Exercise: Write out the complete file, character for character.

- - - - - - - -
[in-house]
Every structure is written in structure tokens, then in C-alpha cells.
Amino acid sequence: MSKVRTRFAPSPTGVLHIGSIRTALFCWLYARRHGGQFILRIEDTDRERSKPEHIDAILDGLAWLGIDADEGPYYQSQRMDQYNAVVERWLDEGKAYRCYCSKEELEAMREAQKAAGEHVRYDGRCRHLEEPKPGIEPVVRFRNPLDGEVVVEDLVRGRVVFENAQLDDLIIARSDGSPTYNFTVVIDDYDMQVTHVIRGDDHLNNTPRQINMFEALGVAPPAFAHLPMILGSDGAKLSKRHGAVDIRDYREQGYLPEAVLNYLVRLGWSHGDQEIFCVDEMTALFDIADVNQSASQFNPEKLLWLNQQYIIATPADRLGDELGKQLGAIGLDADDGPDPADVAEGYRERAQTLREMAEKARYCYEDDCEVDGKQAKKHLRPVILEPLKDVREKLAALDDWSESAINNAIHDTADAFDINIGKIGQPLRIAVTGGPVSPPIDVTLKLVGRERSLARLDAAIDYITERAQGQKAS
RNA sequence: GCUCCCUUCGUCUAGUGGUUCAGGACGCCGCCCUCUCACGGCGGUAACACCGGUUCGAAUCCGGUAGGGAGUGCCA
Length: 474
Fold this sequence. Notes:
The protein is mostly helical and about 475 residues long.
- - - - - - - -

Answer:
[in-house]
Every structure is written in structure tokens, then in C-alpha cells.
Amino acid sequence: MSKVRTRFAPSPTGVLHIGSIRTALFCWLYARRHGGQFILRIEDTDRERSKPEHIDAILDGLAWLGIDADEGPYYQSQRMDQYNAVVERWLDEGKAYRCYCSKEELEAMREAQKAAGEHVRYDGRCRHLEEPKPGIEPVVRFRNPLDGEVVVEDLVRGRVVFENAQLDDLIIARSDGSPTYNFTVVIDDYDMQVTHVIRGDDHLNNTPRQINMFEALGVAPPAFAHLPMILGSDGAKLSKRHGAVDIRDYREQGYLPEAVLNYLVRLGWSHGDQEIFCVDEMTALFDIADVNQSASQFNPEKLLWLNQQYIIATPADRLGDELGKQLGAIGLDADDGPDPADVAEGYRERAQTLREMAEKARYCYEDDCEVDGKQAKKHLRPVILEPLKDVREKLAALDDWSESAINNAIHDTADAFDINIGKIGQPLRIAVTGGPVSPPIDVTLKLVGRERSLARLDAAIDYITERAQGQKAS
RNA sequence: GCUCCCUUCGUCUAGUGGUUCAGGACGCCGCCCUCUCACGGCGGUAACACCGGUUCGAAUCCGGUAGGGAGUGCCA
Length: 474
Fold this sequence. Notes:
The protein is mostly helical and about 475 residues long.